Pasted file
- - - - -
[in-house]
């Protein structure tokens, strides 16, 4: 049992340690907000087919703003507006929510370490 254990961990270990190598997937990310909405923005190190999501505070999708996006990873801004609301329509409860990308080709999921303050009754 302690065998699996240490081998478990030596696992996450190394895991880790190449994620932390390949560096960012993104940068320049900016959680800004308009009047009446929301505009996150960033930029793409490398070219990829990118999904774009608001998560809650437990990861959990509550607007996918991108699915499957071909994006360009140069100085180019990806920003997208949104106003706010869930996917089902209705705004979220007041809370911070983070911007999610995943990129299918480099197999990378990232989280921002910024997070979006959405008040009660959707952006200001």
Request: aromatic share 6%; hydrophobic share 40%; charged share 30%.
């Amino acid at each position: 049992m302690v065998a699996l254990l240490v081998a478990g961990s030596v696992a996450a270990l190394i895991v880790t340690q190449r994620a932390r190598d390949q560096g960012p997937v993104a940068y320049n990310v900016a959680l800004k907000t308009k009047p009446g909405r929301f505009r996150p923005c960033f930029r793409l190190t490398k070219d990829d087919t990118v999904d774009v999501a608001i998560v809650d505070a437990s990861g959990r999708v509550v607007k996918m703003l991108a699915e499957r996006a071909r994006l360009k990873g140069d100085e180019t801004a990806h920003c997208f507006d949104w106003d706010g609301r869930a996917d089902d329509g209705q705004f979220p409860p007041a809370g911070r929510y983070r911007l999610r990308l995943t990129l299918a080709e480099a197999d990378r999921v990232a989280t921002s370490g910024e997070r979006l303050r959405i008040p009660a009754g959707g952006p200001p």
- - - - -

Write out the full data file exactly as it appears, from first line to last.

[in-house]
């Protein structure tokens, strides 16, 4: 049992340690907000087919703003507006929510370490 254990961990270990190598997937990310909405923005190190999501505070999708996006990873801004609301329509409860990308080709999921303050009754 302690065998699996240490081998478990030596696992996450190394895991880790190449994620932390390949560096960012993104940068320049900016959680800004308009009047009446929301505009996150960033930029793409490398070219990829990118999904774009608001998560809650437990990861959990509550607007996918991108699915499957071909994006360009140069100085180019990806920003997208949104106003706010869930996917089902209705705004979220007041809370911070983070911007999610995943990129299918480099197999990378990232989280921002910024997070979006959405008040009660959707952006200001």
Request: aromatic share 6%; hydrophobic share 40%; charged share 30%.
């Amino acid at each position: 049992m302690v065998a699996l254990l240490v081998a478990g961990s030596v696992a996450a270990l190394i895991v880790t340690q190449r994620a932390r190598d390949q560096g960012p997937v993104a940068y320049n990310v900016a959680l800004k907000t308009k009047p009446g909405r929301f505009r996150p923005c960033f930029r793409l190190t490398k070219d990829d087919t990118v999904d774009v999501a608001i998560v809650d505070a437990s990861g959990r999708v509550v607007k996918m703003l991108a699915e499957r996006a071909r994006l360009k990873g140069d100085e180019t801004a990806h920003c997208f507006d949104w106003d706010g609301r869930a996917d089902d329509g209705q705004f979220p409860p007041a809370g911070r929510y983070r911007l999610r990308l995943t990129l299918a080709e480099a197999d990378r999921v990232a989280t921002s370490g910024e997070r979006l303050r959405i008040p009660a009754g959707g952006p200001p």